Inside Scoop

Justice Comes to the Wild West!

In the 1850’s, right at the peak of the California Gold Rush, hundreds of thousands of men travelled across land and sea to get their hands on some of the gold that had been discovered. For every honest cowboy, however, there were many more thieves, crooks and swindlers.

San Francisco, California was at the heart of all this activity. The town went from being a small settlement of just 200 people to a huge, booming city of 36,000 in only a couple years! Crime was everywhere: the newly-built banks were held up almost every week, stage coaches and covered wagons were robbed by the likes of Jesse James and other notorious outlaws, and mining camps were raided for gold and silver. In addition to these crimes, horse theft was rampant, and since there was no justice system in place, many of these criminals were not punished for their crimes.
With the police force almost non-existent, locals began to take matters into their own hands by appointing their own local sheriffs, and putting together Vigilante Committees.

A Vigilante Committee was an organized group of men from town who carried out the duties of a police force, a judge and a jury all put together. They rounded up criminals, horse thieves and bank robbers, and either put them in jail, or forced them to leave town permanently.
The first Vigilante Committee was formed in the spring of 1851, in California. A local business owner named Sam Brannan joined with other local businessmen to form the committee. It was designed to protect the people and property of San Francisco. The first Vigilante Committee was a very formal organization with a constitution and list of laws signed by about 200 men, including politicians and local citizens. Each member had a medallion that he carried identifying him as a member of the Vigilante Committee; the medallion also had that member’s number, much like a badge number.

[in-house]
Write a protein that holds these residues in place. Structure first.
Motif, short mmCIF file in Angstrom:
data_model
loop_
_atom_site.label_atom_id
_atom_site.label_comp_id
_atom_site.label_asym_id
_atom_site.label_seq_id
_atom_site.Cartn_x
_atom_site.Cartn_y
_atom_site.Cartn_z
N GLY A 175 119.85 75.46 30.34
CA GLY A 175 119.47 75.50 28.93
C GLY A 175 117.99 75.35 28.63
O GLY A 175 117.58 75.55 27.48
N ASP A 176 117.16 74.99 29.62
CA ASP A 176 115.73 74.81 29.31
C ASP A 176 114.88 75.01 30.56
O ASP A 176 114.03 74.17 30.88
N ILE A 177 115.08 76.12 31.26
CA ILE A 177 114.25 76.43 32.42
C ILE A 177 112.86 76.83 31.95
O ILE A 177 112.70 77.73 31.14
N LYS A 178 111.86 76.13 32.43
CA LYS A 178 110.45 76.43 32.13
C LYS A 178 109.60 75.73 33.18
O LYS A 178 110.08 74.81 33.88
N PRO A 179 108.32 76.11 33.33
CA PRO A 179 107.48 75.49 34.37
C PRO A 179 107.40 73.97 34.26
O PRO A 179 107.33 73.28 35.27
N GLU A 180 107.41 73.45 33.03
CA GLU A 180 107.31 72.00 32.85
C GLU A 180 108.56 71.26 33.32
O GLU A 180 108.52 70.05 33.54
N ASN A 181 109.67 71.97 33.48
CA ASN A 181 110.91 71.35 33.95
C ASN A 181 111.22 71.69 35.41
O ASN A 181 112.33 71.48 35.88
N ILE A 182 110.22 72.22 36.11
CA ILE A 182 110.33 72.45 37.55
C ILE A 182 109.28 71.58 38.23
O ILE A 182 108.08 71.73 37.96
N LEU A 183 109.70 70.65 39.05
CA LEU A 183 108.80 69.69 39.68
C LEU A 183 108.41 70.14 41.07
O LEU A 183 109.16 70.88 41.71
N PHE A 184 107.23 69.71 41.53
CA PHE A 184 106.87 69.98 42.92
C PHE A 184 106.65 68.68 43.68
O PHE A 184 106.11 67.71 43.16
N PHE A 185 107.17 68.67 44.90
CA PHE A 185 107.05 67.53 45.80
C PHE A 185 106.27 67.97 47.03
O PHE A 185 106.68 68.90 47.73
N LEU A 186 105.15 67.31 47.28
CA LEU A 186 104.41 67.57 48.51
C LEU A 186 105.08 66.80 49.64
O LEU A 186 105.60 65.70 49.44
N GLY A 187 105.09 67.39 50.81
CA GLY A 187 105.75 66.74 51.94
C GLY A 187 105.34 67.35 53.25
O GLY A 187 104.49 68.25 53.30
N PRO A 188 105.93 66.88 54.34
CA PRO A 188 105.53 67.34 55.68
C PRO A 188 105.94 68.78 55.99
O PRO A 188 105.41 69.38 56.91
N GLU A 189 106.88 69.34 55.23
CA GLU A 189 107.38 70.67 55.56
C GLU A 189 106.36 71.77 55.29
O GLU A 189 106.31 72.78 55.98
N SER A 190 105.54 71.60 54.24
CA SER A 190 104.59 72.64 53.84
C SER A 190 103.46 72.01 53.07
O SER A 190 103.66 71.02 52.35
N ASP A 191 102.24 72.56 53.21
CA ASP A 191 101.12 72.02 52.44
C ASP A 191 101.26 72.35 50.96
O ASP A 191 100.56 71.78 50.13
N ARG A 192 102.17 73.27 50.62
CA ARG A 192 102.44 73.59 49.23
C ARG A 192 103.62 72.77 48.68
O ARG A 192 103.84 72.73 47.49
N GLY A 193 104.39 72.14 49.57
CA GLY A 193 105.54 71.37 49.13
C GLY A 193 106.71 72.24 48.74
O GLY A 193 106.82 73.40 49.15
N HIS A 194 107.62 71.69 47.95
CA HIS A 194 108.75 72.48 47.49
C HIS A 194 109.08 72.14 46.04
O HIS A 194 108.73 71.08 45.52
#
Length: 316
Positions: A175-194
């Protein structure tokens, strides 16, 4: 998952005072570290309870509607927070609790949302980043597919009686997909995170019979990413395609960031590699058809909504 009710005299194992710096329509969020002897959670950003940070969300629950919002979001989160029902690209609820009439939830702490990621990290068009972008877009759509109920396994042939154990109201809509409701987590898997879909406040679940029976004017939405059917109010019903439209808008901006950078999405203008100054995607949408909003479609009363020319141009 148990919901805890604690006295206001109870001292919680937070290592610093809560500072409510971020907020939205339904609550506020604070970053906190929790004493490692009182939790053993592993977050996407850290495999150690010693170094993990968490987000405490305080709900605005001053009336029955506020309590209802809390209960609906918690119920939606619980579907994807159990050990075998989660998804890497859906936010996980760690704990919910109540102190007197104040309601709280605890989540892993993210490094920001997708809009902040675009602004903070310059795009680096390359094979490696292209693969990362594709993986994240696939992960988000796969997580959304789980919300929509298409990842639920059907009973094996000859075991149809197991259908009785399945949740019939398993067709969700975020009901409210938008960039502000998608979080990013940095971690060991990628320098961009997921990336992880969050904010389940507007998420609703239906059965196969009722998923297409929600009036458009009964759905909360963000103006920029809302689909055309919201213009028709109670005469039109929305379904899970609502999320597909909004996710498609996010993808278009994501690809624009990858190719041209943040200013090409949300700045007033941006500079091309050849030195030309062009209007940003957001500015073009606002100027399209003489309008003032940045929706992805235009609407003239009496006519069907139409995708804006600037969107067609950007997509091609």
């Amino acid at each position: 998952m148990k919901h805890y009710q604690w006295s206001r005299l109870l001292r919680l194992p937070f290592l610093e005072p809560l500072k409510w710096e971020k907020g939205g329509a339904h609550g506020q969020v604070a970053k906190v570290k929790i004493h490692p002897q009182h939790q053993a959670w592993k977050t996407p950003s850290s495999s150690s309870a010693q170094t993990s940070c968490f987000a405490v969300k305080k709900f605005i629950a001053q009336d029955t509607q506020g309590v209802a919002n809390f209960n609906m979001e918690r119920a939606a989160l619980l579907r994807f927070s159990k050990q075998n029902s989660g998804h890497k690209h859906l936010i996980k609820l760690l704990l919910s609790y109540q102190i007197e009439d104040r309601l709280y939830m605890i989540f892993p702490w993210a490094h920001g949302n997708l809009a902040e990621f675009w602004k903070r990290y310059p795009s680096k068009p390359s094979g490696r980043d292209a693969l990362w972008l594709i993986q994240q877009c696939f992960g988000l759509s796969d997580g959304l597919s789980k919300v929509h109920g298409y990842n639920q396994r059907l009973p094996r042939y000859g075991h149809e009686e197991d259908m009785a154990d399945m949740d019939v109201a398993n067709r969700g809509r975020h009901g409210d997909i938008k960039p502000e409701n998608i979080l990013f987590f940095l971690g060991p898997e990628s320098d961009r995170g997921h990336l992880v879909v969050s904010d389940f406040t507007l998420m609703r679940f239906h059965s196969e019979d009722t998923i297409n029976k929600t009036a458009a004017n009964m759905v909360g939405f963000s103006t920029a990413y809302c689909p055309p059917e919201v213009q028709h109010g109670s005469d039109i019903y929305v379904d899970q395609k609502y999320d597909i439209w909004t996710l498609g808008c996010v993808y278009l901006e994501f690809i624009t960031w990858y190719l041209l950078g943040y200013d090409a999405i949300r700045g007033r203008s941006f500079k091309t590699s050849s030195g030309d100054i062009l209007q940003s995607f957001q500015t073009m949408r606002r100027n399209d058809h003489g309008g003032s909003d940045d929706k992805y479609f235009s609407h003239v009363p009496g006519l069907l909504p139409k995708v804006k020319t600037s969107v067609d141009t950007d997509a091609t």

In other towns, the banks hired their own private security force. Wells Fargo & Company had a crew of detectives, men like James B. Hume, famous capturing bank robber “Black Bart.” Bart’s nickname was the “gentleman robber” thanks to his wonderful manners and the fact that he left a poem behind at every robbery.

Law-enforcement legends were born in showdowns on the frontier, like Sheriff Pat Garrett who chased gunman Billy the Kid for 6 whole months before nabbing him in New Mexico. Deputy Marshall Wyatt Earp earned his fame by stopping dozens of outlaws during crime-busting expeditions into the desert on horseback.

Eventually, sheriffs, deputies and federal marshals tamed many of the wild towns of the West, making it safe for average folk to live and work on the frontier.